Reverse Rip Van Winkleism


Backward time-travel Item #2: When it comes to tech news and punditry, my news in-box (primarily, the RSS newsreader, NetNewsWire), often contains “news” items that make me think I’ve gone to sleep for 20 years. But unlike Rip Van Winkle, I’ve awakened to discover nothing has changed.

For example, there was a weekend item from the former Forbes reporter, former fake Steve Jobs and former blog-basher Dan Lyons, who kicks off his new career as a fake Newsweek writer by lobbing this link-baiting bomb at Apple fan-boys. In essence, the piece suggests that Apple has started appropriating technology and approaches that are first developed and proven successful by little guys. According to Lyons, such a practice is turning Apple into the new Microsoft.

But anyone who has even casually followed Apple since its inception knows the company has always viewed as “fair game” to compete with (translation: rip off) anything in its ecosystem. The examples of what Apple has appropriated over the years is legendary: for example, the notion of “scripting.” Or look at the former Apple channel retailers who have been crushed by Apple Stores — and who developed a class action lawsuit against the company, dispelling Lyons notion that, “In the old days, stuff like this didn’t matter. Apple was such a fringe player that nobody really cared how the company behaved.” Bottomline: Apple has always been a company that develops very cool products, but there have always been controversies swirling around the ideas that did not come to them in some a priori fashion. Even the iPod was inspired by a real guy who didn’t work for Apple.

Almost all of Apple’s features have come from their observation (and occasionally, their acquisition or licensing of) what innovative individuals have hacked together to make their Mac run better or cooler. After that, Microsoft takes Apple’s best and includes them on some future update of their products. Finally, Google takes the best of what Microsoft does (unless it’s search) and turns it into a web-application. It’s what makes the world go around.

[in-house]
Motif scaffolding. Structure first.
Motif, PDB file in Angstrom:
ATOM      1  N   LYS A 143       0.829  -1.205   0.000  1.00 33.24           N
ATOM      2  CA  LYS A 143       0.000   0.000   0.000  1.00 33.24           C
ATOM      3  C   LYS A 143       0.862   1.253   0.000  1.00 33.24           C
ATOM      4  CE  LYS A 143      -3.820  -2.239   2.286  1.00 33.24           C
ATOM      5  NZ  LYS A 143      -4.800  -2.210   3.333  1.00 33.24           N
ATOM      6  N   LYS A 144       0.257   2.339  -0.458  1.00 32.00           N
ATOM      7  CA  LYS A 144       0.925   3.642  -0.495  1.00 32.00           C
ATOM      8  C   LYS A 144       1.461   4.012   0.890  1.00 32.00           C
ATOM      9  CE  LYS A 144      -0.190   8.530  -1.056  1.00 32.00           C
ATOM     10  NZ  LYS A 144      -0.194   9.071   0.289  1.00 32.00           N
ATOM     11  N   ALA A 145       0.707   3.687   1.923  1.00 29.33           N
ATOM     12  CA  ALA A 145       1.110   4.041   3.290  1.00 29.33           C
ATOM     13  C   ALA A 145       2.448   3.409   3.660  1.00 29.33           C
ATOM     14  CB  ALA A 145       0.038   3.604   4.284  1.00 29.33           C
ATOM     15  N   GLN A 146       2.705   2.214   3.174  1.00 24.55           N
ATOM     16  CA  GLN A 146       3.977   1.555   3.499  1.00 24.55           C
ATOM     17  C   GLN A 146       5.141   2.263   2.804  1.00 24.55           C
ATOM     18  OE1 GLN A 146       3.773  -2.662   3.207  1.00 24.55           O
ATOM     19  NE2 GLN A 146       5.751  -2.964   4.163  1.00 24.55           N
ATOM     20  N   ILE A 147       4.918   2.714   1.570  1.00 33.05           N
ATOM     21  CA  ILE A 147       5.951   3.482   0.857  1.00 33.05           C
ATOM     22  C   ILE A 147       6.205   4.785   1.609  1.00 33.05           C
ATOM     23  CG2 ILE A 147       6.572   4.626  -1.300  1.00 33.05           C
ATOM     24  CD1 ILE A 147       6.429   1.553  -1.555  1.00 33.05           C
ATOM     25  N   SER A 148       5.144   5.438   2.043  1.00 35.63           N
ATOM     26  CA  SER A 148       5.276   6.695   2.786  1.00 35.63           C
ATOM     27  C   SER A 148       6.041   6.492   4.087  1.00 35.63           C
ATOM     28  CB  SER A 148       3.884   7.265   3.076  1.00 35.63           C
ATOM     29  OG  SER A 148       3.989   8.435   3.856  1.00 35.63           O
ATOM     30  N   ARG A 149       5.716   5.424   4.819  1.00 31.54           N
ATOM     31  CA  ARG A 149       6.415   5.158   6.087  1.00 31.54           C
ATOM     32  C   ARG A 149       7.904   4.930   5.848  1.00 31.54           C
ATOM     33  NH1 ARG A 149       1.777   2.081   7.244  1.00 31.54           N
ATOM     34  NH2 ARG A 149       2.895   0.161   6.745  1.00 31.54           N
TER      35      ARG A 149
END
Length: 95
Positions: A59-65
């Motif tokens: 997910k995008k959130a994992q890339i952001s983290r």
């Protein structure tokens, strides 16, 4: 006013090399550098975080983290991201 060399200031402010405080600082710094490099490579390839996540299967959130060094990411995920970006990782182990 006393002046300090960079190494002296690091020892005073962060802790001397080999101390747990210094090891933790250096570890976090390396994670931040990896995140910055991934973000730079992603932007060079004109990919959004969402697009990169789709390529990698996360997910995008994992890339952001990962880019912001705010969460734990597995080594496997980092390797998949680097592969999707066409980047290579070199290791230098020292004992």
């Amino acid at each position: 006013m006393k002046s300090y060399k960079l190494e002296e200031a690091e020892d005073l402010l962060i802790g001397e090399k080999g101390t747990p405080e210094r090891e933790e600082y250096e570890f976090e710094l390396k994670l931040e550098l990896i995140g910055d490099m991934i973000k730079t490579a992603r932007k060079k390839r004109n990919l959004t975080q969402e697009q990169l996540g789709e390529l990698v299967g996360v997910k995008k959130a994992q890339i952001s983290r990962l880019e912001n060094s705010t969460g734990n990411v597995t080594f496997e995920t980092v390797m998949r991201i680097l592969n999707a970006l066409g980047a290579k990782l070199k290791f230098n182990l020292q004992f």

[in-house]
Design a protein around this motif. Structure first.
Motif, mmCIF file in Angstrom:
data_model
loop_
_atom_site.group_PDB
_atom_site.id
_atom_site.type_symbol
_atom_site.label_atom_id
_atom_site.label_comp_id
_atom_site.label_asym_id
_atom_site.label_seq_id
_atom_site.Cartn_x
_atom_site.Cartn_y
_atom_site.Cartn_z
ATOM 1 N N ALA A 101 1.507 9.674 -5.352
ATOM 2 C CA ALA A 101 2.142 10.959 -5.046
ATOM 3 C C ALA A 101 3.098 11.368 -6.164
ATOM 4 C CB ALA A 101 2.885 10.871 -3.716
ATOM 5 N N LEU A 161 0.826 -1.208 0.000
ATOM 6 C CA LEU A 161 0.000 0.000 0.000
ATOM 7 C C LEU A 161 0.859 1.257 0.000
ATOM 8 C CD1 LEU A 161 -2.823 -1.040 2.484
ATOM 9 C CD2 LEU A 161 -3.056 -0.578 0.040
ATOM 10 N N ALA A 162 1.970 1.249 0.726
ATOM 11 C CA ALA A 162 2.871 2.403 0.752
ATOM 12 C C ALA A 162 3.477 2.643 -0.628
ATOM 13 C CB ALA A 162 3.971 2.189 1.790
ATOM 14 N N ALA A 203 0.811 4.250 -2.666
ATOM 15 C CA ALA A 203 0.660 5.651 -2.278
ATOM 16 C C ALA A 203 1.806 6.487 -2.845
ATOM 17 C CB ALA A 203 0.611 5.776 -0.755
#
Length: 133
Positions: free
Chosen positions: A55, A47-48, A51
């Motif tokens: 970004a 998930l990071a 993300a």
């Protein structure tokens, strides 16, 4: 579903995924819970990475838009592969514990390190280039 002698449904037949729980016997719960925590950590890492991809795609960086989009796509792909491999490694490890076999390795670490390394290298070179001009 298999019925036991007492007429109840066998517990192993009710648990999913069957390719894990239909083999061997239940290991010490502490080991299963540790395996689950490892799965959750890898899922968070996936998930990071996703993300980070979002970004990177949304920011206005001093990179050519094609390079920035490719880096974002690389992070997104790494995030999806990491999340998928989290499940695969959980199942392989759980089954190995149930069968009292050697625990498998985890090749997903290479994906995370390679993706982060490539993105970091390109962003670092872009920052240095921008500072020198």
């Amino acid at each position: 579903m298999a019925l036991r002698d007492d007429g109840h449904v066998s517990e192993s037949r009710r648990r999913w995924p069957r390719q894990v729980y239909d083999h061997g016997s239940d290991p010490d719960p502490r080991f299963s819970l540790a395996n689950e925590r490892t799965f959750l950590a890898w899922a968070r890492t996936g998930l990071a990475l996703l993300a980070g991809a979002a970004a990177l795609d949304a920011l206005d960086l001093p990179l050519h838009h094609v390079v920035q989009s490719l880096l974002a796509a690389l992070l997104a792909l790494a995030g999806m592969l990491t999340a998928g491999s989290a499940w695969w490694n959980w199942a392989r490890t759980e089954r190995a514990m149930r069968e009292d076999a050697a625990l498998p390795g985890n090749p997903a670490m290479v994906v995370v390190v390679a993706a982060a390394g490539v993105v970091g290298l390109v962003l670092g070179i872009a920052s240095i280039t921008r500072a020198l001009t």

What you end up with is a Google web-application adaptation of a Microsoft adaptation of an Apple feature that Apple adapted from an innovative individual.

I don’t like it. But that hasn’t kept me from using Google docs.

Backward time-travel Item #2:

e-Newspapers: The New York Times is a sucker for any story about devices that replicate the way people over 40 think a newspaper should look and that keep alive the notion of an obsolete news distribution channel. I still love the notion that one day we’ll all have flying cars. But I at least understand it’s not the flying car I want but the ability to be transported from anywhere I want to be to another place I want to be. The e-Paper people are so obsessed with trying to create something that “looks like” print, they’ve lost sight that it’s knowledge and information and connectivity and entertainment that people want — not something that “looks like” a newspaper. And unfortunately, the closer we get to the future, the less impressive e-Paper appears. Twenty years ago, e-paper concepts could be folded up and put in our pockets. Where are those devices? I’m waking up 20 years later and the concept technology is less cool than what was predicted back then.